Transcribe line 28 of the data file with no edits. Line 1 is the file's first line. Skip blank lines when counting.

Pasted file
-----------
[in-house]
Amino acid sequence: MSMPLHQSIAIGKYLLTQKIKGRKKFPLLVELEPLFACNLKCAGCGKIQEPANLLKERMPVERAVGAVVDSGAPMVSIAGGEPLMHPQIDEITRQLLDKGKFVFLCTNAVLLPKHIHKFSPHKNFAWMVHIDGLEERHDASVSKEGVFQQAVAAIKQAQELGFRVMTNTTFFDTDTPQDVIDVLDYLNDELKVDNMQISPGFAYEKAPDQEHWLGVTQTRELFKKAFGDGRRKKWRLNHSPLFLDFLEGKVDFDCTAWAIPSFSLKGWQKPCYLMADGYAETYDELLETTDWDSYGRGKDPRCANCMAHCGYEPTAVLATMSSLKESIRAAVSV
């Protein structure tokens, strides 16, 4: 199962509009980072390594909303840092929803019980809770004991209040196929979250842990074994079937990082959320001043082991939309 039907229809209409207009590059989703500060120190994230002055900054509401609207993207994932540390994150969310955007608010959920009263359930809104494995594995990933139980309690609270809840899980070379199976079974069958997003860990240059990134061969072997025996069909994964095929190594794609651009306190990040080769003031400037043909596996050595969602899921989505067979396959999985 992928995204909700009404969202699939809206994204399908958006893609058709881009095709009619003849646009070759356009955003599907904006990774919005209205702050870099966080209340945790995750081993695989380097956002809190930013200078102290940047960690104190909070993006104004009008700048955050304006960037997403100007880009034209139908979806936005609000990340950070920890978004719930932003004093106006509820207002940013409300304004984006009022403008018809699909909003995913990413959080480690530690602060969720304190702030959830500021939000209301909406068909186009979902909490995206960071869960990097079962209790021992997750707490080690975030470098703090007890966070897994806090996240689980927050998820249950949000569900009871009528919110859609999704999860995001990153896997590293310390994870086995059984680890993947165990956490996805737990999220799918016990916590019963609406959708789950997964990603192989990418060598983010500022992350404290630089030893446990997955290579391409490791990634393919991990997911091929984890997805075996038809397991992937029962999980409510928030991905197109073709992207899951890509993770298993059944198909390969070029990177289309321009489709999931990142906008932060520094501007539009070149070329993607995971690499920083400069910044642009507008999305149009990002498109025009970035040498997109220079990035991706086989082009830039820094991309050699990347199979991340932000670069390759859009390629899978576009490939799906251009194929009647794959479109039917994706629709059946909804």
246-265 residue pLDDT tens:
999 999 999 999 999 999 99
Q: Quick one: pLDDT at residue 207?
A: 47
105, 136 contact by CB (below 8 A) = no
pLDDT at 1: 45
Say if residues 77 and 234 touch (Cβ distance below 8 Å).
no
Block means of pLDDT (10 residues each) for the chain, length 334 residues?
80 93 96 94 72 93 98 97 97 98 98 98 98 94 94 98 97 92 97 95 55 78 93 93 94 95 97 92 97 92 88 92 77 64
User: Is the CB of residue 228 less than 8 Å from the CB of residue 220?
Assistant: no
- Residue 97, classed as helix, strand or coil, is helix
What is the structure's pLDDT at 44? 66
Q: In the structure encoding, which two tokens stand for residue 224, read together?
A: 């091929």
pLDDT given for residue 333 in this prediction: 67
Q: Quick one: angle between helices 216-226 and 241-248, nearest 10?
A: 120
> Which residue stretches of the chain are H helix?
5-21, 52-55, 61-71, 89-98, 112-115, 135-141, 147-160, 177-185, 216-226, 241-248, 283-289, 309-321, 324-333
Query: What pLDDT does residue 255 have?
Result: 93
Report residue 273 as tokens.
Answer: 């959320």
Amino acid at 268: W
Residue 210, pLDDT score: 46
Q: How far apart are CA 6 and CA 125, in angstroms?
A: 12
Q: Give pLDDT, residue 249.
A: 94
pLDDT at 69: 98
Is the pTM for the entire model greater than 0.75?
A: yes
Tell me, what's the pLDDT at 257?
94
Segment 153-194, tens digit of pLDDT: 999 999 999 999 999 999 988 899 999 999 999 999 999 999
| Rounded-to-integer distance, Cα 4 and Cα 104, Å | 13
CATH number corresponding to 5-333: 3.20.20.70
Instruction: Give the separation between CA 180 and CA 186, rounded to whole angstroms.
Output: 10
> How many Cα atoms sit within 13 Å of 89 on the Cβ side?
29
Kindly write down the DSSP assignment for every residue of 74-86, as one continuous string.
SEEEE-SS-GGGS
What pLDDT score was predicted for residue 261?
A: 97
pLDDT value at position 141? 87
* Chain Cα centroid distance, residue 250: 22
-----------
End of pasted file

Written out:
Answer: 């959320």